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Archive for May, 2009

This page lists our postings from all of May, 2009

For an index to all our reports
from the 218th General Assembly

For an index to all our reports from the
Witherspoon conference on global mission and justice >>

Earlier in April, 2010
March, 2010
February, 2010
January, 2010
December, 2009
November, 2009
October, 2009
September, 2009

August, 2009
July, 2009
all of June
May, 2009

April, 2009
March, 2009

February, 2009
January, 2009
December, 2008
November, 2008
October, 2008
September, 2008
August, 2008
July, 2008
June, 2008
May, 2008
April, 2008
March, 2008
February, 2008
January, 2008


For links to earlier archive pages, click here.

5/29/09
The National Religious Campaign Against Torture invites you

A RELIGIOUS PUBLIC WITNESS IN WASHINGTON, DC
Thursday, June 11, 2009
Noon - 1:30 PM

NRCAT is sponsoring a major event led by seven heads of faith groups and other senior religious leaders in front of the White House at noon on Thursday, June 11, to urge President Obama to create a Commission of Inquiry to investigate U.S torture practices since 9/11. Our goal is to have 1,000 people of faith join us. We need your help make that happen.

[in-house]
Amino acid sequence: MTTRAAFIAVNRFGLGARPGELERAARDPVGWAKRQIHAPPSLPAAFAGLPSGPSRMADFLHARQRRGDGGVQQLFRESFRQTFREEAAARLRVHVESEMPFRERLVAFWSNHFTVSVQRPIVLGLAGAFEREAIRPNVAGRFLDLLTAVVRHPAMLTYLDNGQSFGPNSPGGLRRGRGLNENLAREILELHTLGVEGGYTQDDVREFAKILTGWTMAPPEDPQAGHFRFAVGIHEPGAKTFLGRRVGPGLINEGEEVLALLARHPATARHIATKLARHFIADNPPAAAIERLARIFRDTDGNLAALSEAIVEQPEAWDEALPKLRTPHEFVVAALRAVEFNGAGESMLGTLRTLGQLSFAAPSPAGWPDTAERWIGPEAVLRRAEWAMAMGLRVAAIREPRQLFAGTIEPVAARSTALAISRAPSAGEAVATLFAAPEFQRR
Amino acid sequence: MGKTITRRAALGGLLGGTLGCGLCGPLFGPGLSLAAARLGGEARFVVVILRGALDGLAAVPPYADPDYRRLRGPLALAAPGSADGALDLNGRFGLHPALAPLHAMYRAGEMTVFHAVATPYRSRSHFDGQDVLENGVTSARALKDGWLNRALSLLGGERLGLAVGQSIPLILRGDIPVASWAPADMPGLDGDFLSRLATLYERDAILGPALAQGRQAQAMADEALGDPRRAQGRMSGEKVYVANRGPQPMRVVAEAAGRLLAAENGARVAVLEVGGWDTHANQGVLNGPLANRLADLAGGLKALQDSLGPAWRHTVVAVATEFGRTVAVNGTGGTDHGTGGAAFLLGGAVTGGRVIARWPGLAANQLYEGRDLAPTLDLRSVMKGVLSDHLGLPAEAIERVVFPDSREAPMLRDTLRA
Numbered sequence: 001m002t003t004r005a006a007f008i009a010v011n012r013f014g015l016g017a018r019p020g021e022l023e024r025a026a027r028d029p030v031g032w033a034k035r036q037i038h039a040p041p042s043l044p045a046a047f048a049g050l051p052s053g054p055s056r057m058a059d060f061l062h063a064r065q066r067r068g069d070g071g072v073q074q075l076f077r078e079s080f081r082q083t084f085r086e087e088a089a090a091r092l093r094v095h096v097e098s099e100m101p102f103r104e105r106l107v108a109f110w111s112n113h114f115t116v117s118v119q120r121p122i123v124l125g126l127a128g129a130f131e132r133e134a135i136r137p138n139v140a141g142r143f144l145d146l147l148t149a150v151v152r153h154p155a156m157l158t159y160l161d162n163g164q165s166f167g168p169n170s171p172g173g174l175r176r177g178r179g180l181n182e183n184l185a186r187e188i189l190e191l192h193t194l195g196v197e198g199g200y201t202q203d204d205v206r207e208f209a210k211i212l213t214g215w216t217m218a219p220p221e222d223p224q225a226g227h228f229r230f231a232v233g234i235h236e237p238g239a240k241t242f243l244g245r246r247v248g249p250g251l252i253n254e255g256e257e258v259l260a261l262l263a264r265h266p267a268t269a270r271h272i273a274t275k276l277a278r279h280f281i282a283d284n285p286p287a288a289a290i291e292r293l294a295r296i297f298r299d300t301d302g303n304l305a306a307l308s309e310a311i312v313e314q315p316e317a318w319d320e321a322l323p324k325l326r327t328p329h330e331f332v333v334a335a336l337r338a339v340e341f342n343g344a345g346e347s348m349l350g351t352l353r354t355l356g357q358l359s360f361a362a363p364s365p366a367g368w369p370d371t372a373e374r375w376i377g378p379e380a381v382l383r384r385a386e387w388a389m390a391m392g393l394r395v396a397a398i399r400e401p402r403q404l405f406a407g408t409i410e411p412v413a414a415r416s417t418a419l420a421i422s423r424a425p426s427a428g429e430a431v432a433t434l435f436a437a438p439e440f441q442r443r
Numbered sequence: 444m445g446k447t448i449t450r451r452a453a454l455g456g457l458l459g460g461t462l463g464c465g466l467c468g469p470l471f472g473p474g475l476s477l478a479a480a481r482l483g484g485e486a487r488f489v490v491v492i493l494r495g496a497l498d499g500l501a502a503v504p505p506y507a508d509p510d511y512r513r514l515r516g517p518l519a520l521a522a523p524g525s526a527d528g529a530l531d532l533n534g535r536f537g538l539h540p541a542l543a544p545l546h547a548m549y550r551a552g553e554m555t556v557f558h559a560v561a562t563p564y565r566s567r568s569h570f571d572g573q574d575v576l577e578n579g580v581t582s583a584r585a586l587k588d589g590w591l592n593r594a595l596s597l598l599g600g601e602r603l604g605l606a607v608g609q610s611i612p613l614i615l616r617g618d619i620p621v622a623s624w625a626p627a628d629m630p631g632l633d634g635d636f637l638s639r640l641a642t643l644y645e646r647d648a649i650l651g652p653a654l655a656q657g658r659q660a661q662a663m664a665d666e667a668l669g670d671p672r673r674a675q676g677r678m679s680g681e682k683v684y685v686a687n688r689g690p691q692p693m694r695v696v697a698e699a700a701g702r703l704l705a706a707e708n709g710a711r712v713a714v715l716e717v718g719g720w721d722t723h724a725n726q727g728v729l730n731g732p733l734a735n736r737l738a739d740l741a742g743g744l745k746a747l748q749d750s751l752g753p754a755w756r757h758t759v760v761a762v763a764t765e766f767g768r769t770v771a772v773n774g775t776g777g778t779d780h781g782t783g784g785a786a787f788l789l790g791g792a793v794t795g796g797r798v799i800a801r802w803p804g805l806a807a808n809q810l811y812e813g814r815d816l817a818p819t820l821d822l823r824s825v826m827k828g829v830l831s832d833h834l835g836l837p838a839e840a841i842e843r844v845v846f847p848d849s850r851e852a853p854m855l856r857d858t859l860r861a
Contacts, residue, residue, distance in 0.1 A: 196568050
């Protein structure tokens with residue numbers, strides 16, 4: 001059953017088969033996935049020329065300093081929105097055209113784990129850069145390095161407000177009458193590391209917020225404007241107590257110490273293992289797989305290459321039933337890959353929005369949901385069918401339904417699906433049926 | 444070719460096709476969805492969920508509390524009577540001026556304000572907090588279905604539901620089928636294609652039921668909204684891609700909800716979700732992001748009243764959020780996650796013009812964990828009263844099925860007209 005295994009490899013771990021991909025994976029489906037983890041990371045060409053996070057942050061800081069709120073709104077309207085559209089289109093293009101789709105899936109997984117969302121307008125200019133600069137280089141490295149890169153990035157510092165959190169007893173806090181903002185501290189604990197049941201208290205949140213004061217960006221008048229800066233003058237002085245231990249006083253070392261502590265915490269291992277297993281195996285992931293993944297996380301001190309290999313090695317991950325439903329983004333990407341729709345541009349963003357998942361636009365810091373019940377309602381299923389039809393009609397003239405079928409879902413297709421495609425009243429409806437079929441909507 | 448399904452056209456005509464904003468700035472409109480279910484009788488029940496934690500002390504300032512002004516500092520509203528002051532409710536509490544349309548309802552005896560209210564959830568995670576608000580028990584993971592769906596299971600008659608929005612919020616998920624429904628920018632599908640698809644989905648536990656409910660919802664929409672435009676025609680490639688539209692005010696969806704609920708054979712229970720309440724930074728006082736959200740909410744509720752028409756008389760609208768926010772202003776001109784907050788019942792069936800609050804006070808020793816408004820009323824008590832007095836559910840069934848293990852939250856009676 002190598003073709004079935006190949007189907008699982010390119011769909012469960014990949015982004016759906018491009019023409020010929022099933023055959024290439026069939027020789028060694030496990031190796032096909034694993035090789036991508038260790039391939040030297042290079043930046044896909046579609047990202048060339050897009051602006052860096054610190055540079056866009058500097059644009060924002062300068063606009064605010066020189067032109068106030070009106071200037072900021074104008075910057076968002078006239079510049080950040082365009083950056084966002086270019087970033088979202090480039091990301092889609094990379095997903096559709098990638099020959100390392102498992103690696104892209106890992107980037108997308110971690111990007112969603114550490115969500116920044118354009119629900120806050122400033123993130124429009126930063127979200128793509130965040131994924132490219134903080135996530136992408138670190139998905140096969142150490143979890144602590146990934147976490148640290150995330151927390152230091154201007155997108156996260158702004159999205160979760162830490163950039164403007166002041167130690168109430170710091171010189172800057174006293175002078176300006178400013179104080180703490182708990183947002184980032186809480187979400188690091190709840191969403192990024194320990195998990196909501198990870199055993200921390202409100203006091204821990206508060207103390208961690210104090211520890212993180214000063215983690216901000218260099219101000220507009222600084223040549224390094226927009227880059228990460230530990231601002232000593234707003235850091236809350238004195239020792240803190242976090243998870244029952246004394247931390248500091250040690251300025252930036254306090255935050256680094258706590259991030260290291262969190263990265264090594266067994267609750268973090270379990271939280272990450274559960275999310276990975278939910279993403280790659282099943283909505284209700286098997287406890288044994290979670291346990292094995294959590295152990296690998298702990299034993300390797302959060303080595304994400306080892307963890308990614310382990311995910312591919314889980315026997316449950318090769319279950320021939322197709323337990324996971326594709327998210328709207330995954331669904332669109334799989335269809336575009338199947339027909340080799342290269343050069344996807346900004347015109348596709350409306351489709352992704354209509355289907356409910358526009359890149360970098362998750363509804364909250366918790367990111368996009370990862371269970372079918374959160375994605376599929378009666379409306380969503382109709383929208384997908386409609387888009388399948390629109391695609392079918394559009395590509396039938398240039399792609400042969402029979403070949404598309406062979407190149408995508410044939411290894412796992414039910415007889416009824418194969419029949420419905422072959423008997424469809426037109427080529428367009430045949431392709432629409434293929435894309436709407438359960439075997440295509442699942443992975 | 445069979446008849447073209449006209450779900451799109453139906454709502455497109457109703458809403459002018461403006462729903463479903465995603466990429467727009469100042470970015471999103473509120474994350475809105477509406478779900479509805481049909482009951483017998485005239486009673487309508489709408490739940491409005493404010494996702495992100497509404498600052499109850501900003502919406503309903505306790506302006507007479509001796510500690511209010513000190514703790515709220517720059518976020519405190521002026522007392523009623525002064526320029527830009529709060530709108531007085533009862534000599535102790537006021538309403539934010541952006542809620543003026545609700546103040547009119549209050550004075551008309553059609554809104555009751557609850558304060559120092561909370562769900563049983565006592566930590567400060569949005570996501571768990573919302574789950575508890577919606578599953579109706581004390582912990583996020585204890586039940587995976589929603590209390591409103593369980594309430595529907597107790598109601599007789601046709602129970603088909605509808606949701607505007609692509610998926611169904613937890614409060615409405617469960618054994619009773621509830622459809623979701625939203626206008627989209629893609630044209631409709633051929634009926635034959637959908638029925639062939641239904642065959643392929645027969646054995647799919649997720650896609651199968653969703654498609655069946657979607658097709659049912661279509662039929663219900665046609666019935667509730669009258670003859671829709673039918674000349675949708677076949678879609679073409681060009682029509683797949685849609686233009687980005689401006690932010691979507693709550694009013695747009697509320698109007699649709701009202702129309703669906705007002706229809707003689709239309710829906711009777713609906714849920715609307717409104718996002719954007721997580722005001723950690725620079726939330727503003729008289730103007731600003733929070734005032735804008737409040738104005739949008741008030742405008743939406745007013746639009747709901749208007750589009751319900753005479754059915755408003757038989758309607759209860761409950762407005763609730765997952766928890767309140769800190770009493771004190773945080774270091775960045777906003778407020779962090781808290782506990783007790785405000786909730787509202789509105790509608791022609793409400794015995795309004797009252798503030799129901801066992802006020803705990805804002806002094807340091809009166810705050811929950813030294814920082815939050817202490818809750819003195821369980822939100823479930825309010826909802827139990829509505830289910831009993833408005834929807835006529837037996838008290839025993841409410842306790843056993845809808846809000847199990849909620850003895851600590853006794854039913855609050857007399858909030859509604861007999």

In his speech on Guantanamo and torture last week, the President reiterated his opposition to appointing such a commission. We are disappointed and believe he is wrong. By making our position visible, we seek to change his mind.

Discovering the truth makes us free, holds people accountable, and can bring healing and transformation. The results of the investigation will also make it possible for the Congress to put the needed safeguards in place to assure that U.S.-sponsored torture never takes place again.

The list of confirmed senior national religious leaders who will provide leadership during the witness at the White House on June 11, other details about the event and promotional fliers are all available here.

From School of the Americas Watch:

Legislation introduced in congress to suspend operations at the School of the Americas and to investigate its connection to human rights abuses in Latin America.

Contact your Representative Now!

New SOA/ WHINSEC Legislation Introduced in Congress!

On May 21st, 2009, Representative Jim McGovern introduced HR 2567 in the House of Representatives with 42 original cosponsors! This new legislation would suspend operations at the SOA/ WHINSEC and investigate the association of torture and human rights abuses associated with the school.